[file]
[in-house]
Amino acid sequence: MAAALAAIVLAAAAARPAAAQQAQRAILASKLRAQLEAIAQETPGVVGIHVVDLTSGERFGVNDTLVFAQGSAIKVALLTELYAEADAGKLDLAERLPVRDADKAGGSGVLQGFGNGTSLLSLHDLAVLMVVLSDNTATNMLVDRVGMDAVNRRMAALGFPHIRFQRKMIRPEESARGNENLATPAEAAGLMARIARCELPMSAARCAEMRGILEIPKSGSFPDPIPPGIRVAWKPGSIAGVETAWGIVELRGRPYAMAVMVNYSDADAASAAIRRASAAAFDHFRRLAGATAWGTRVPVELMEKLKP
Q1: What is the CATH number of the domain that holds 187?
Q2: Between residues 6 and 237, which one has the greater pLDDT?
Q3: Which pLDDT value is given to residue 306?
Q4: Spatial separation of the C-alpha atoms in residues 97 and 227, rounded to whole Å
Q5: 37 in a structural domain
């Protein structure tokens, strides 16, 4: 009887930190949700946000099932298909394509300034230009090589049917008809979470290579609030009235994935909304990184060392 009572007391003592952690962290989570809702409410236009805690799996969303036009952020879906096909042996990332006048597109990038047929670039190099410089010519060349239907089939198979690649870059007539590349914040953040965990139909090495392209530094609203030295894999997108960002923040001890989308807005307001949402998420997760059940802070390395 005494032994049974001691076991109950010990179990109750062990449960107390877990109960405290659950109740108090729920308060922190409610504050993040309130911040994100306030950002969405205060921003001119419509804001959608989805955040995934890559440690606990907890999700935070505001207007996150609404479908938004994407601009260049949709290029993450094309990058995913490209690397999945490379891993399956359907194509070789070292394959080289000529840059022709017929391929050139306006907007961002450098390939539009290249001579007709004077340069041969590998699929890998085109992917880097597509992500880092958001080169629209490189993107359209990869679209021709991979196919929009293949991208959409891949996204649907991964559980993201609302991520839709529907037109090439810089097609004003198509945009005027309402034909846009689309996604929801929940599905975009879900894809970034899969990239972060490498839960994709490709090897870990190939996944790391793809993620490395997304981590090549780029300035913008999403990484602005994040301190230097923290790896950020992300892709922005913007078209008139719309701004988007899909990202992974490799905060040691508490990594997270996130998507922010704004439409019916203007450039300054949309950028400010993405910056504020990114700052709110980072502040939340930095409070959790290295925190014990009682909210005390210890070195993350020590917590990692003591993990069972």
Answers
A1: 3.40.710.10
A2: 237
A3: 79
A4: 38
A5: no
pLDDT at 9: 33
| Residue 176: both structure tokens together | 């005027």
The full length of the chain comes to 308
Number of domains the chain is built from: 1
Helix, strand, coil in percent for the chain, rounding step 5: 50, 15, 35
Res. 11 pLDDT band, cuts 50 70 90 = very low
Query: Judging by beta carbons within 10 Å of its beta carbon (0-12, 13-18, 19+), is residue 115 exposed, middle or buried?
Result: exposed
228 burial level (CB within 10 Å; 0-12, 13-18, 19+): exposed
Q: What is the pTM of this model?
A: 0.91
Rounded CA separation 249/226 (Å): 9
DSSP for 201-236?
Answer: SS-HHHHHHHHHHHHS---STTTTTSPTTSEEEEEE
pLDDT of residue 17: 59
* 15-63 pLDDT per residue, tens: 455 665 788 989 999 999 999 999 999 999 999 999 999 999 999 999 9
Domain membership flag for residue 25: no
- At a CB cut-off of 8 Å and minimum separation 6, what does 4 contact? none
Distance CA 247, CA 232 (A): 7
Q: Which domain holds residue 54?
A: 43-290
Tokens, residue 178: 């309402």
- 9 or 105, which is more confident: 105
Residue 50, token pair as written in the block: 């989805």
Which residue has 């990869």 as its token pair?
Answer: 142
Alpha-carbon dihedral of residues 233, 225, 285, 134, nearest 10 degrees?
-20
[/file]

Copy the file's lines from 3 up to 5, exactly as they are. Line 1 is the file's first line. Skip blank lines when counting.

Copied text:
Q1: What is the CATH number of the domain that holds 187?
Q2: Between residues 6 and 237, which one has the greater pLDDT?
Q3: Which pLDDT value is given to residue 306?